Thursday 21 January 2016

How Lutein-Rich Foods Impact Vision

Protecting your eyes is just a carrot – or leafy green – away.

Uncooked Baby Carrots
Read on for the best foods for your eyes.
By Karin Hermoni 

Protecting your eyes is just a carrot – or leafy green – away.

The benefits of carrots to eye health are attributed to an important pro-vitamin A carotenoid: beta carotene, an orange pigment in carrots. Emerging evidence points to the importance of another carotenoid to eye health, called lutein. Lutein and its isomer zeaxanthin are yellow pigments that are part of the xanthophyl carotenoid family, and are abundant in green leafy vegetables such as spinach and kale, and in lesser quantities in corn and egg yolks. The human body does not synthesize carotenoids, which is one of the reasons why green vegetables are essential to good nutrition.
In plants, lutein and zeaxanthin help absorb excess light energy, thus preventing damage to the plants. Particularly, these carotenoids protect the plant from high-energy light rays, called blue light, and the oxidative damage that is associated with exposure to excess light. Interestingly, these antioxidant carotenoids have a somewhat similar role in the human eye, protecting it from the harmful effects of blue light and UV rays.

Carotenoids are a group of pigments that are known antioxidants and have been found to have beneficial effects on many processes in our body, contributing to anything from heart health to more resilient skin cells. What differentiates lutein and zeaxanthin is their high concentration in human eyes. In fact, their concentration in the macula is over 1,000-fold more than their concentration in the plasma. This phenomena must happen for a reason…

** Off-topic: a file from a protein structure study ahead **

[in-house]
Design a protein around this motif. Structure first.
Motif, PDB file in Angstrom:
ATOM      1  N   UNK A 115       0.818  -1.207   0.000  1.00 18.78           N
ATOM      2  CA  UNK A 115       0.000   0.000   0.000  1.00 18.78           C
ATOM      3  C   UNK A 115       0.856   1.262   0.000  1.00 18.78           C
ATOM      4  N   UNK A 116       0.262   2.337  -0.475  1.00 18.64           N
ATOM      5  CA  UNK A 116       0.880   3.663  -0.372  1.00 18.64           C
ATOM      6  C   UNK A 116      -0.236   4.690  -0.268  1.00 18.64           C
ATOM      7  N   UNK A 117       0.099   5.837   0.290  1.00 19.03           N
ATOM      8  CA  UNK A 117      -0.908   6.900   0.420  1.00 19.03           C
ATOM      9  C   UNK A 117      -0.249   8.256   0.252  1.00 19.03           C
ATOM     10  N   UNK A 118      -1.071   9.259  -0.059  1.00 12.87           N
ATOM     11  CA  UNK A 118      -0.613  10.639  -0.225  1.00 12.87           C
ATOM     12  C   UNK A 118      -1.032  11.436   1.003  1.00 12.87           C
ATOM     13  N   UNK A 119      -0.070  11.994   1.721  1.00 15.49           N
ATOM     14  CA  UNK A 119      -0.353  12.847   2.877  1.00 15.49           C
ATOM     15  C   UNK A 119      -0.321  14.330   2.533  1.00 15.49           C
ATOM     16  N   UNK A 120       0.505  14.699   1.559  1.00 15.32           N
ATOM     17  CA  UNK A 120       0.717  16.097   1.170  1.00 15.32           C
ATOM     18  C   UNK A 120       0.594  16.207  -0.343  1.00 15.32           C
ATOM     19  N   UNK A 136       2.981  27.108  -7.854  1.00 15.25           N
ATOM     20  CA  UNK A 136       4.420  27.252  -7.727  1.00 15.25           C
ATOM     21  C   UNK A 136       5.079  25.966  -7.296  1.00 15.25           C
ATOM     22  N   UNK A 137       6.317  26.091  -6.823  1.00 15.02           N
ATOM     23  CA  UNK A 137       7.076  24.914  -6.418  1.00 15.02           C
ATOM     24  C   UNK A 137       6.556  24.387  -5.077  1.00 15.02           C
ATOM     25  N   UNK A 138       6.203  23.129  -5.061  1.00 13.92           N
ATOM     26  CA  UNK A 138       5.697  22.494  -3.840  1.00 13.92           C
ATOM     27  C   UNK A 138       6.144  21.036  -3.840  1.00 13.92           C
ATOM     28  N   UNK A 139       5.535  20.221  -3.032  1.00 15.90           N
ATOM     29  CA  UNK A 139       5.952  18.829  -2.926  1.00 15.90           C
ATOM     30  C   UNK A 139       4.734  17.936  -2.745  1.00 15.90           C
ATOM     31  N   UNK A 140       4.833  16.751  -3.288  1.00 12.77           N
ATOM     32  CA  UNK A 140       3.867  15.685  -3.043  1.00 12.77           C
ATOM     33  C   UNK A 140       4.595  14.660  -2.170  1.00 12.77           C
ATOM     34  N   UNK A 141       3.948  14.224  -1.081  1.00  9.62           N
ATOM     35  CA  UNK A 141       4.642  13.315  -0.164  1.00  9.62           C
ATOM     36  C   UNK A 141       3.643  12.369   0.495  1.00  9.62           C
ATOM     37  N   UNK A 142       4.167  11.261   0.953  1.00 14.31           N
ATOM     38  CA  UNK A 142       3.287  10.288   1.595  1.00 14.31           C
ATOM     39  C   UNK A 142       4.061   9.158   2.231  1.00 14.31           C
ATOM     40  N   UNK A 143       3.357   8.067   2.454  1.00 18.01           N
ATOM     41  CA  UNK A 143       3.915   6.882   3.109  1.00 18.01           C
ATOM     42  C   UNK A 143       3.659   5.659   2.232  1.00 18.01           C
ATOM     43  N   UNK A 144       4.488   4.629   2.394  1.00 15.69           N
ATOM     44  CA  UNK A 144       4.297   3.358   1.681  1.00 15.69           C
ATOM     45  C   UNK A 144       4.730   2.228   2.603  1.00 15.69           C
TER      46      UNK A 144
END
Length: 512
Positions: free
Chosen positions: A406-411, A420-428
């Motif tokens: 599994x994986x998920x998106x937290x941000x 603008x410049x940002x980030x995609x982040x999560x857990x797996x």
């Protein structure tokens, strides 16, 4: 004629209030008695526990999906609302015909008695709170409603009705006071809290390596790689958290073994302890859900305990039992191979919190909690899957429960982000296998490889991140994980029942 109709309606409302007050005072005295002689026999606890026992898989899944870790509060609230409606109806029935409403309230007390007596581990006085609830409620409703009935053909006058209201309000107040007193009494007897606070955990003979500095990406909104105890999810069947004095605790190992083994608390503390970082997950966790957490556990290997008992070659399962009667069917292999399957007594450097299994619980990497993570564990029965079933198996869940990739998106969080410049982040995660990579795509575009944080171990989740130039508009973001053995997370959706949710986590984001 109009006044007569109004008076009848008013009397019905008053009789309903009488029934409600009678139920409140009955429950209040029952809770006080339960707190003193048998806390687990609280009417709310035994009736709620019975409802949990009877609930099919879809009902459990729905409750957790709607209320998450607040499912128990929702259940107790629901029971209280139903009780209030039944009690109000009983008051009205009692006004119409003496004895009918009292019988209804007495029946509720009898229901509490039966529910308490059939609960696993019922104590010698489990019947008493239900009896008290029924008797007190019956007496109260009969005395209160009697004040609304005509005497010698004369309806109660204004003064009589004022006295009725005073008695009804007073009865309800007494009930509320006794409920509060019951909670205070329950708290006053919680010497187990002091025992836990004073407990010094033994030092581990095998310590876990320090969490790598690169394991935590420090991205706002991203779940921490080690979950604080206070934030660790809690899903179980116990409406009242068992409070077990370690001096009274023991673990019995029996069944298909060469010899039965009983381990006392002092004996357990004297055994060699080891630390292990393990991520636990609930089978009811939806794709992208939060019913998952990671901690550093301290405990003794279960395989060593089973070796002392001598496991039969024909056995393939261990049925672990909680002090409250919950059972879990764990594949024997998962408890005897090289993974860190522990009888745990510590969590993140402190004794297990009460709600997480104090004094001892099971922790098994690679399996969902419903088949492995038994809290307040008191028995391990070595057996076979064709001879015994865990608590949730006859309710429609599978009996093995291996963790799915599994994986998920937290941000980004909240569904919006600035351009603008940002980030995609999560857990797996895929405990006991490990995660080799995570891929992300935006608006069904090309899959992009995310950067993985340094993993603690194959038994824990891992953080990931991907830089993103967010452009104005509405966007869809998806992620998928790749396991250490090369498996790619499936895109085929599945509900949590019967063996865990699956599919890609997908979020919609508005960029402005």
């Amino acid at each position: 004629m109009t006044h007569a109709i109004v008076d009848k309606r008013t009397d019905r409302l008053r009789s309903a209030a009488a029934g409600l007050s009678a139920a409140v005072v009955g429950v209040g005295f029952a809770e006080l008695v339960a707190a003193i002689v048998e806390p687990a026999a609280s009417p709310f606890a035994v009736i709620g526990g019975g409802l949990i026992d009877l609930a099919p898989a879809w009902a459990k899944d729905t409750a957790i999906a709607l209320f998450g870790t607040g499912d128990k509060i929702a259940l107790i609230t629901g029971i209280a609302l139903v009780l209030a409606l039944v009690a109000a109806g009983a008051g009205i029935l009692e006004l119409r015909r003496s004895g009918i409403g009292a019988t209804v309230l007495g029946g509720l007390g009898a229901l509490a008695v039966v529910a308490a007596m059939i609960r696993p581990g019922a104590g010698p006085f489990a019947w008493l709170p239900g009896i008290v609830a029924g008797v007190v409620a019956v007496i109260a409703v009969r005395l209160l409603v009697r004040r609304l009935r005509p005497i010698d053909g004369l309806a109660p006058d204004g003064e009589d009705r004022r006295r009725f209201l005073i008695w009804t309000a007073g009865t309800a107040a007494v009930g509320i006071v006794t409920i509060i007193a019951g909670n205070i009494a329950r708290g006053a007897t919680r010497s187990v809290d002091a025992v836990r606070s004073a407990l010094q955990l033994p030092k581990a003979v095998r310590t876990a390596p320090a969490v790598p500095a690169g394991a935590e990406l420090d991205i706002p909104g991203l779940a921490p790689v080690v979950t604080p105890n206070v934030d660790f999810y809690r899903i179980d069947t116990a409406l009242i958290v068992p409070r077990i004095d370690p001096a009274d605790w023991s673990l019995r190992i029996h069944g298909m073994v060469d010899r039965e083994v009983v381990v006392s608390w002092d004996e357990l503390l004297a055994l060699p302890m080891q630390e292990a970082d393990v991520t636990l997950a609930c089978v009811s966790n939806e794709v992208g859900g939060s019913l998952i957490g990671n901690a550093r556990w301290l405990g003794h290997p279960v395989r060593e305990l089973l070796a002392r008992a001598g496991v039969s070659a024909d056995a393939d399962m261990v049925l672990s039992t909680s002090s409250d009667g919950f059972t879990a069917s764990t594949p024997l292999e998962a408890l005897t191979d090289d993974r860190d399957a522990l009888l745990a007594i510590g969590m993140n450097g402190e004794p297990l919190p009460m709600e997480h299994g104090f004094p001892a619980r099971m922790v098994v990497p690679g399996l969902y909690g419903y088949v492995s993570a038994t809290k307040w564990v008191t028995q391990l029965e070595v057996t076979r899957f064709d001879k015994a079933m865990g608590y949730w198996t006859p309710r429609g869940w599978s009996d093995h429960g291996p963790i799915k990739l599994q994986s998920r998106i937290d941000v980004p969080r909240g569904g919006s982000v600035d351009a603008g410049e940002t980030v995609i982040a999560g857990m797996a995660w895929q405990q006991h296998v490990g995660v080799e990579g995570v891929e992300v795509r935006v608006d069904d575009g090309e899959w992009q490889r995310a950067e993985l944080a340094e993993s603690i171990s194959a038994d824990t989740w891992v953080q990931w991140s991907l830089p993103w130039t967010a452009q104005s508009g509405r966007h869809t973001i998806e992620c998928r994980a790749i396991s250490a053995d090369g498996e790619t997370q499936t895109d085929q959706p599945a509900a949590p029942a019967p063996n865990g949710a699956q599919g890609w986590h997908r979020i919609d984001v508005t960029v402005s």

Indeed, researchers found that lutein protects the eye not only due to its light screening ability, but also as a result of its antioxidant properties. It reduces oxidative damage by directly fighting the dangerous reactive oxygen species, and by enhancing the antioxidant defense mechanism of the macular cells, allowing our eyes to better cope with the oxidative challenges.
Importantly, diets rich in lutein and zeaxanthin appear to have a protective effect against age-related eye diseases such as age-related macular degeneration, or AMD, and cataracts. Today, there are techniques that allow for more accurate and non-invasive measurements of macular pigments.

Utilizing this technology, epidemiologic studies show an inverse association between macular pigmentation (levels of lutein and zeaxanthin in eye tissues) and age-related degenerative diseases.
A major study called AREDS2 (Age-Related Eye Disease Study 2) examined the effects of a supplement, containing a combination of lutein zeaxanthin with other vitamins and minerals, on the progression of AMD. This five-year multi-center study was the continuation of the first ARED trial that previously studied a slightly different supplement. Both studies were conducted by a research group from the National Institutes of Health's National Eye Institute. The conclusions of these studies revealed a significant effect of the supplement in reducing the rate of advanced AMD in people, those who were at a high risk, by about 25 percent.

The AREDS 2 supplement contained high levels of lutein and zeaxanthin (10 milligrams of lutein and 2 mg of zeaxanthin a day), combined with vitamin C, vitamin E, zinc and copper. The combination of these ingredients is important, but one should also reflect on the importance of a diverse diet. Of note, American dietary intake of lutein/zeaxantin is about 10 times less than the dose found in the stud. So if you're at high risk of developing advanced AMD, you might want to consider taking a supplement. Luckily, there are various AREDS-based supplements in the market today.
Overall, the take-home message is that a diverse and balanced diet containing lutein, as well as other phytonutrients, can greatly support our eye health and protect us from age-related eye diseases. In fact, a healthy diet and healthy lifestyle are important not only to our eye health; they are the key to our general well-being.

Lutein-rich foods:
  • Kale (1 cup): 23.8 mg
  • Spinach (1 cup): 20.4 mg
  • Corn (1 cup): 2.2 mg
  • Broccoli (1 cup): 1.6 mg
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